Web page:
Indian Express

Celebrations, fear as Muzaffarnagar riot seats go to BJP

But he avoided areas where riot-affected Muslims have bought land or are living in temporary shelters. Tweet This
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BJP candidate Sanjeev Baliyan leads a road show after winning from winner Muzaffarnagar, Friday. ( Source: Express photo by   Gajendra yadav ) BJP candidate Sanjeev Baliyan leads a road show after winning from winner Muzaffarnagar, Friday. ( Source: Express photo by Gajendra yadav )

On Friday, as western Uttar Pradesh recorded the biggest ever win for the BJP, the result and margins in areas hit by the communal riots in September in three constituencies — Muzaffarnagar, Kairana and Bijnore — were termed unprecedented by even the winning candidates, all of them accused in the riots.

By evening, as the margins of between two and 4.1 lakh started sinking in, celebrations depicted the polarisation the region has seen. As the victorious BJP candidates and their supporters hit the streets, visiting riot-hit villages where Muslims are still to return, areas where displaced Muslims have been living grew increasingly desolate, with shops shutting and streets virtually emptying.

The BJP won all three seats for the first time since 1998-99.

Despite the imposition of prohibitory orders, Muzaffarnagar BJP candidate Dr. Sanjiv Baliyan took out a grand victory procession to slogans of “jai shree Ram, and har har Modi”.

But he avoided areas where riot-affected Muslims have bought land or are living in temporary shelters.

“Our boy was an MLA earlier, he is now the MP, he will bring us justice…he will bring my son back from jail,” said Damyanti Devi, whose son is an accused in the riots.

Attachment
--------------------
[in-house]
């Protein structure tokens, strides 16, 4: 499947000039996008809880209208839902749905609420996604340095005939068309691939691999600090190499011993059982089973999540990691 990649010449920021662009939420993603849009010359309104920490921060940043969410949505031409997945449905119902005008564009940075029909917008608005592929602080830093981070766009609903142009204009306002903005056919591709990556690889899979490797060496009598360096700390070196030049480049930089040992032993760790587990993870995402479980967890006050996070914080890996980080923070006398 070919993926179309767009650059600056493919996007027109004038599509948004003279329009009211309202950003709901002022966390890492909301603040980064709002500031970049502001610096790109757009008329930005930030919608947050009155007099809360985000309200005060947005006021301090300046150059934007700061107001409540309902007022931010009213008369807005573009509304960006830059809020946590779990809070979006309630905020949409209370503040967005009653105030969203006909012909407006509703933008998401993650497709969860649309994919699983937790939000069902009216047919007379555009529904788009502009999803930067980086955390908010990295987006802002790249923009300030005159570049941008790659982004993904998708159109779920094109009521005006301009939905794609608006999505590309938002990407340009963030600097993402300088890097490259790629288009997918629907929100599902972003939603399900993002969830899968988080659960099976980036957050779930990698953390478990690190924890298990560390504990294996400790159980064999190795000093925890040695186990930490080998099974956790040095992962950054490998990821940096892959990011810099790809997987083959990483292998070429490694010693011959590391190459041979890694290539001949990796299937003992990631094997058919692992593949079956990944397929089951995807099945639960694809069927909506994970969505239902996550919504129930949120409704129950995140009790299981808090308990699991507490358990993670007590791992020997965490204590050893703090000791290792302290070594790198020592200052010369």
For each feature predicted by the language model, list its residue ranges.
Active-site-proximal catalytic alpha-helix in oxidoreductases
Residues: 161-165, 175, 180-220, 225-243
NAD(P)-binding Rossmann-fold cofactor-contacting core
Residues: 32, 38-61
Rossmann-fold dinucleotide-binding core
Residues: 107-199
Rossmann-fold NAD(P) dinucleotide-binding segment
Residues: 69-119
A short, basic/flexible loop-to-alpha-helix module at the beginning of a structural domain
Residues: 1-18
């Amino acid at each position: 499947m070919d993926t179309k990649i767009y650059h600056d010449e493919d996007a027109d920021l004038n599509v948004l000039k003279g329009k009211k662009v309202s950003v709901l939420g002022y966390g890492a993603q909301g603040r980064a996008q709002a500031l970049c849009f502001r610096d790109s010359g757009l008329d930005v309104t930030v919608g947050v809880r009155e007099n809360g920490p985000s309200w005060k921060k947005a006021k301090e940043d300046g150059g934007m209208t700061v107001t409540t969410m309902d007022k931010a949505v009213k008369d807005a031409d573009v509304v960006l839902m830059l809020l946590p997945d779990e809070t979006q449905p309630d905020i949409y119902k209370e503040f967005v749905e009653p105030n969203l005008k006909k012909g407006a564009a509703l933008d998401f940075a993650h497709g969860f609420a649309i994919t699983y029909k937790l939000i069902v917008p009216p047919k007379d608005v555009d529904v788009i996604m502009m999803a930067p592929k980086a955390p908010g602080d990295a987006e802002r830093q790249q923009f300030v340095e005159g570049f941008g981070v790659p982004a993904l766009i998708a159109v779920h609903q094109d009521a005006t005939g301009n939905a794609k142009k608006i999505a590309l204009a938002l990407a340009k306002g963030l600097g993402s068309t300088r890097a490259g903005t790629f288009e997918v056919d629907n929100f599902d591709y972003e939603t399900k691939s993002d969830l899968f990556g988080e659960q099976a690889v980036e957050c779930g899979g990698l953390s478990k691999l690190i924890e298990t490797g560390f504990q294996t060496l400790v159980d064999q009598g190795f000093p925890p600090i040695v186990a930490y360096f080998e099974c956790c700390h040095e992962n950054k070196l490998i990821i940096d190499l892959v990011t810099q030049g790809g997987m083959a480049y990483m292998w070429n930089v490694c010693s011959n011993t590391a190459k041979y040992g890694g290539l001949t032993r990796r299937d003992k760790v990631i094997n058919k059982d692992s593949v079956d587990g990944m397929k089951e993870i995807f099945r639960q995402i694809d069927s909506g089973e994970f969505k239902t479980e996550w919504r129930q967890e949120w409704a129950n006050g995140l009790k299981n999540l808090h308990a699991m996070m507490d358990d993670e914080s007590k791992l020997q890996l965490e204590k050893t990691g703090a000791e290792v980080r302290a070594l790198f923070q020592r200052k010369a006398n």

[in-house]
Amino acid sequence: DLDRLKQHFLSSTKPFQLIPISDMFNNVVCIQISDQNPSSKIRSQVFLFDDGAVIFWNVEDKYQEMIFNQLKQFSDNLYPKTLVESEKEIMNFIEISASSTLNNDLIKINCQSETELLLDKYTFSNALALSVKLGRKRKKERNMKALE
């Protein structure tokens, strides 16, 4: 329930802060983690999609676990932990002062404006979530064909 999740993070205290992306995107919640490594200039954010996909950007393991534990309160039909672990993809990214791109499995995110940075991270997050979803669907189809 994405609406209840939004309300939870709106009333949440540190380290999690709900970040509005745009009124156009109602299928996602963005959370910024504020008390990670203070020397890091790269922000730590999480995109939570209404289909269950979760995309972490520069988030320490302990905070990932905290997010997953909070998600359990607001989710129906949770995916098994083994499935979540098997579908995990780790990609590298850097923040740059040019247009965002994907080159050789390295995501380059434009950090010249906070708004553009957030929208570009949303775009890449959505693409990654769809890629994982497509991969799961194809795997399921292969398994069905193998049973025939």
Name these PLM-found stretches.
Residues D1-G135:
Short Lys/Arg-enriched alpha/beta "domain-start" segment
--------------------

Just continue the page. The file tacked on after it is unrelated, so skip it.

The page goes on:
In Kairana, the BJP’s Hukum Singh, who won by more than two lakh votes, said he would now “take special care to ensure justice for the 1,000-odd false riot cases that have been slapped on my voters”.

In a far cry from the jubilant mood, despondence gave way to fear as the final tallies were realised in Malakpur in Kairana constituency, where 10,000-odd riot victims live.

At Joula and Loi villages, where many displaced Muslim families have bought land, most TV sets were switched off by noon and people returned home.

“My wife got a new voter id card and went back to our village Fugana in a tractor just to vote, even though she was shivering all the while. She was so scared. She has been calling me to ask the results. We don’t have a TV yet. I don’t know what to tell her. How do I break the news that she can never return home?,” asked the husband of a woman who has filed a rape case.

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